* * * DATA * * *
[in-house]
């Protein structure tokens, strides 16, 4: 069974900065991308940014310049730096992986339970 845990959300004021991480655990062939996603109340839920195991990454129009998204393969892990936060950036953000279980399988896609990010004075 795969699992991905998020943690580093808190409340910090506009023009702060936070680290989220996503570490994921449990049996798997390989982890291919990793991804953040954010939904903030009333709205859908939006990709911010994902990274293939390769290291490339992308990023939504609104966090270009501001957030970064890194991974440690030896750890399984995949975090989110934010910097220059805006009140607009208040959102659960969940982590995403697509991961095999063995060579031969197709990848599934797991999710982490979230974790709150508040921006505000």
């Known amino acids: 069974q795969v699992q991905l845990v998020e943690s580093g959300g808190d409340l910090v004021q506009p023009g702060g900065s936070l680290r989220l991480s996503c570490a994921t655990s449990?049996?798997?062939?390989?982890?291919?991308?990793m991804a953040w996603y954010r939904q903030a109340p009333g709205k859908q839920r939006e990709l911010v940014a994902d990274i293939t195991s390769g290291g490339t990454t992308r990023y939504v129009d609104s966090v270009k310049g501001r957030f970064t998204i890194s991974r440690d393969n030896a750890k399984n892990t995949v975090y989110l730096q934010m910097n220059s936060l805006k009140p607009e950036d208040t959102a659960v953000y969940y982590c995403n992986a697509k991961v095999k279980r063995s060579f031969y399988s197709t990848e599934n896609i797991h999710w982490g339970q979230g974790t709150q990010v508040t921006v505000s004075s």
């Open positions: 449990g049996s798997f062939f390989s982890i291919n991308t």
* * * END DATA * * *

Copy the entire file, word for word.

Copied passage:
[in-house]
């Protein structure tokens, strides 16, 4: 069974900065991308940014310049730096992986339970 845990959300004021991480655990062939996603109340839920195991990454129009998204393969892990936060950036953000279980399988896609990010004075 795969699992991905998020943690580093808190409340910090506009023009702060936070680290989220996503570490994921449990049996798997390989982890291919990793991804953040954010939904903030009333709205859908939006990709911010994902990274293939390769290291490339992308990023939504609104966090270009501001957030970064890194991974440690030896750890399984995949975090989110934010910097220059805006009140607009208040959102659960969940982590995403697509991961095999063995060579031969197709990848599934797991999710982490979230974790709150508040921006505000």
């Known amino acids: 069974q795969v699992q991905l845990v998020e943690s580093g959300g808190d409340l910090v004021q506009p023009g702060g900065s936070l680290r989220l991480s996503c570490a994921t655990s449990?049996?798997?062939?390989?982890?291919?991308?990793m991804a953040w996603y954010r939904q903030a109340p009333g709205k859908q839920r939006e990709l911010v940014a994902d990274i293939t195991s390769g290291g490339t990454t992308r990023y939504v129009d609104s966090v270009k310049g501001r957030f970064t998204i890194s991974r440690d393969n030896a750890k399984n892990t995949v975090y989110l730096q934010m910097n220059s936060l805006k009140p607009e950036d208040t959102a659960v953000y969940y982590c995403n992986a697509k991961v095999k279980r063995s060579f031969y399988s197709t990848e599934n896609i797991h999710w982490g339970q979230g974790t709150q990010v508040t921006v505000s004075s």
């Open positions: 449990g049996s798997f062939f390989s982890i291919n991308t």